When electricity first began to be used in the US, generating systems were built in order to power and illuminate mines, factories and other commercial establishments. These were “private" power plants built on site to meet the specific energy requirements of a business. In those days, only the very wealthy could afford to have their homes powered by electricity.

There was no standardization across all the various companies manufacturing these private generators. As a result, every power plant operated at different voltages or at distinct rates of oscillation depending on whether they were DC or AC systems.

In the 1890s, Chicago alone was home to 40 different electric companies, each offering power at 100 to 2,000 volts with their own system of wires crisscrossing overhead across town.

It was only when America’s first large-scale power plant was built at the Niagara Falls that thought was given to standardizing the output. After considerable debate, it was finally determined that the power generated by the Niagara Falls station would be transmitted over point-to-point high-tension wires using a two-phase alternating current.

The town of Buffalo transformed itself to accept the power being transmitted by the Niagara Falls station, conforming all electricity outlets to the new standards. It was immediately transformed into a hub for manufacturing, becoming the first place in the US to profitably manufacture aluminium and as a result was instrumental in ushering in the automobile age. Thanks to the success of Buffalo, the centralized power generation model was adopted widely and eventually became the basis for electricity supply and distribution the world over.

Today, the world runs on centralized electricity grids made up of large power- generating stations from which electricity is transmitted across large distances using point-to-point high-voltage wires and further distributed within towns and cities using networked lower-voltage delivery systems, standardized at 110 or 220 volts.

Of late, this model has begun to come under pressure. Thanks to the falling cost of renewable energy, there’s been a growth in rooftop solar installations that are capable of contributing power to the grid after meeting household requirements. At the same time, our consumption patterns have changed as rapid urbanization and the increased use of new technology has begun to place new demands on the grid.

All of this has affected our traditional patterns of supply and demand and is exerting new pressures on our creaking infrastructure. The century-old system that was designed to operate in a command and control environment is struggling to cope with the peaks and troughs of distributed demand and supply.

It is becoming increasingly evident that we will need a new model to deal with our energy future—a model that will need to encompass localized power generation coupled with energy storage solutions that will allow energy to be smartly wheeled across mini-grids established in small neighbourhoods. It will call for the deployment of smart meters and Internet of Things devices to better manage consumption by accurately predicting peak loads. To do that it will need to shrug off our dependence on a centralized grid and embrace decentralization.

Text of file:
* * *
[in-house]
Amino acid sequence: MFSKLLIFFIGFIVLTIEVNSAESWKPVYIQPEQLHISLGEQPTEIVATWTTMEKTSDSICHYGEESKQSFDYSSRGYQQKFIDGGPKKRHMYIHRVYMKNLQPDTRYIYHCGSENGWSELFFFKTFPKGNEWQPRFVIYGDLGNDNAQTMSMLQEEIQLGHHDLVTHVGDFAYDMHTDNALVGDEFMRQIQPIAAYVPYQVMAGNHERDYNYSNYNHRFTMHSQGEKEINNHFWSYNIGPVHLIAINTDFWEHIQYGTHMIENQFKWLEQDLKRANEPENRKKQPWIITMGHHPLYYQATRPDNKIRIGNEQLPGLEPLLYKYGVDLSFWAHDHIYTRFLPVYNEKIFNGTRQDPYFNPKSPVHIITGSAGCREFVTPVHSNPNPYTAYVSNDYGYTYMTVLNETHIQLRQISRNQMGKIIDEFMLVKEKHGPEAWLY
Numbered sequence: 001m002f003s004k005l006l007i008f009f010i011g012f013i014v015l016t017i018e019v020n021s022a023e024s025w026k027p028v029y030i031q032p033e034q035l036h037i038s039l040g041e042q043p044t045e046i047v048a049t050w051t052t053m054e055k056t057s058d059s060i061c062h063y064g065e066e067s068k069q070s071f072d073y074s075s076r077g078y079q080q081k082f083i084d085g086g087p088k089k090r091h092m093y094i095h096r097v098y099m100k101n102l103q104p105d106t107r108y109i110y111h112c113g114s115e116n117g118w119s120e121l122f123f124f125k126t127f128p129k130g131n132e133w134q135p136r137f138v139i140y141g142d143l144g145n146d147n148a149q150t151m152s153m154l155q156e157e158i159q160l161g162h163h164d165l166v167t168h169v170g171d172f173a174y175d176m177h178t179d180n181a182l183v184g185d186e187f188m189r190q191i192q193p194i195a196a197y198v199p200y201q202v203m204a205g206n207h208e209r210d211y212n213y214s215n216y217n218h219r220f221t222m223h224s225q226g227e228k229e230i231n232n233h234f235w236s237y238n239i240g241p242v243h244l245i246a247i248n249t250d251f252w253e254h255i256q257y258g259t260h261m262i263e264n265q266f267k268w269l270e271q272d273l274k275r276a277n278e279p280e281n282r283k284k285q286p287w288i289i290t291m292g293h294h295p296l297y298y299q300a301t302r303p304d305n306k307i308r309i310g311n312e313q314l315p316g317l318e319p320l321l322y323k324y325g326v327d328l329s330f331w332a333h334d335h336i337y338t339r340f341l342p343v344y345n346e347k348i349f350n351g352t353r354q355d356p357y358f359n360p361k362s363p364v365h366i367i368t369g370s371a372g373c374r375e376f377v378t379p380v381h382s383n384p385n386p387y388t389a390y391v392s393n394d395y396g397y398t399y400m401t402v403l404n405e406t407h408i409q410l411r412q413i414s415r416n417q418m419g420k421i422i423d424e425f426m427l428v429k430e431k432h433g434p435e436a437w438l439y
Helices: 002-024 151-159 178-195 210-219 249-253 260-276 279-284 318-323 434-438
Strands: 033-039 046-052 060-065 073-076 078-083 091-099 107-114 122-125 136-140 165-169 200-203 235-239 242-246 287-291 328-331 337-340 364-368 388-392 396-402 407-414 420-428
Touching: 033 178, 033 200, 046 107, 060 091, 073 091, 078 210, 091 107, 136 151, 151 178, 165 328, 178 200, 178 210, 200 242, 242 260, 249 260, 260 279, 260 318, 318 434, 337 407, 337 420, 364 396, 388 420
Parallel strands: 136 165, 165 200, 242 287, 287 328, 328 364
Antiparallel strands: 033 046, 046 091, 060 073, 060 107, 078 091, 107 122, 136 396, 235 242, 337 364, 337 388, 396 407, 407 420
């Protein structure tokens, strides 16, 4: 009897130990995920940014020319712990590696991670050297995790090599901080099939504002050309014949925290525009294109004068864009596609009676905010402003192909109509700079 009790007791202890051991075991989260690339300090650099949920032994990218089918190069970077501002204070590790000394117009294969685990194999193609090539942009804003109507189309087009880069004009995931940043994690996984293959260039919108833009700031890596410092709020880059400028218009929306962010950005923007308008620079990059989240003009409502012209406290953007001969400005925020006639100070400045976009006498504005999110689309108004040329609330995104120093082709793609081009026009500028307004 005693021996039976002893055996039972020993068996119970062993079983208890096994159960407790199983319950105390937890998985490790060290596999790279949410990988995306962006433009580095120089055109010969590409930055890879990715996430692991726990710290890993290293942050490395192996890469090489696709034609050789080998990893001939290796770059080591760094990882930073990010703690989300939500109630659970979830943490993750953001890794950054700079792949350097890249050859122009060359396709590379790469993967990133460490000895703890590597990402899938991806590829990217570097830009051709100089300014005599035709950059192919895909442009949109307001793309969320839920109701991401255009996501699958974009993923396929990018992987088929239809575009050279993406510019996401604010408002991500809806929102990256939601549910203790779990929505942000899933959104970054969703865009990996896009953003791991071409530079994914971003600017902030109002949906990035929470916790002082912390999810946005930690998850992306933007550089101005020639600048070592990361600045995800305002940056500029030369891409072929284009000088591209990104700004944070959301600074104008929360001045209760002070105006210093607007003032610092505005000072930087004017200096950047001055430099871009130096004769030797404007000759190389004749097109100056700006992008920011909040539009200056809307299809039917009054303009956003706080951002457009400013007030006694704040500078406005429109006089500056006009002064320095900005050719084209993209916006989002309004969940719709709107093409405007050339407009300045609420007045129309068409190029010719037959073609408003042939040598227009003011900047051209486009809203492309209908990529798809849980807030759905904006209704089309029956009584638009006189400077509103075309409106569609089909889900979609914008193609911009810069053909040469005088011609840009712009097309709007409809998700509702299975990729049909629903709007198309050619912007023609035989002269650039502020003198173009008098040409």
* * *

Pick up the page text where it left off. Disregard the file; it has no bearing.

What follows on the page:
The challenge of decentralization and distributed management is affecting other utilities as well. Urban water supply has always been centrally managed, supplied to our homes and offices from reservoirs through a network of underground pipes. In most cities in India, these pipes are over a century old.

Given the rapid pace of urbanization, they are falling apart under the pressure of coping with the demands of modern cities. As a result, residents in most Indian municipalities receive intermittent water supply—sometimes only once every few days.

This has forced them to take matters into their own hands, digging bore wells to directly tap into ground water to meet their requirements. Thanks to poorly coordinated ground water extraction, our water tables have begun to dry up—a phenomenon that will inevitably have long- term consequences.

As our urban aquifers dry up, we have begun to rely on water tankers, further exacerbating the problem by extending it to the outskirts of our cities.

Here too, there is merit in finding distributed data-driven solutions. By systematically deploying smart water meters and sensors, it should be possible to dynamically assess water consumption patterns at different times of the day and year. Satellite data and ground sensors should be able to give us insights into the availability of groundwater. When coupled with global positioning system-enabled tanker fleets, this should make it possible for us to efficiently move water from areas with abundant supply to those that need it.

If we can intelligently gather information about our urban water requirements, we should be able to correlate that with availability, dramatically improving efficiencies to the point where we should be able to meet our demand from the available supply.

Inasmuch as our utilities were built on a command and control style of administration, their future lies in distributed management. The internet of things and abundance of a variety of sensors makes this possible in the here and now.

All it needs is for us to let go of our preconceptions about how our cities should be managed, and embrace a decentralized future.

Rahul Matthan is a partner at Trilegal. Ex Machina is a column on technology, law and everything in between. His Twitter handle is @matthan.

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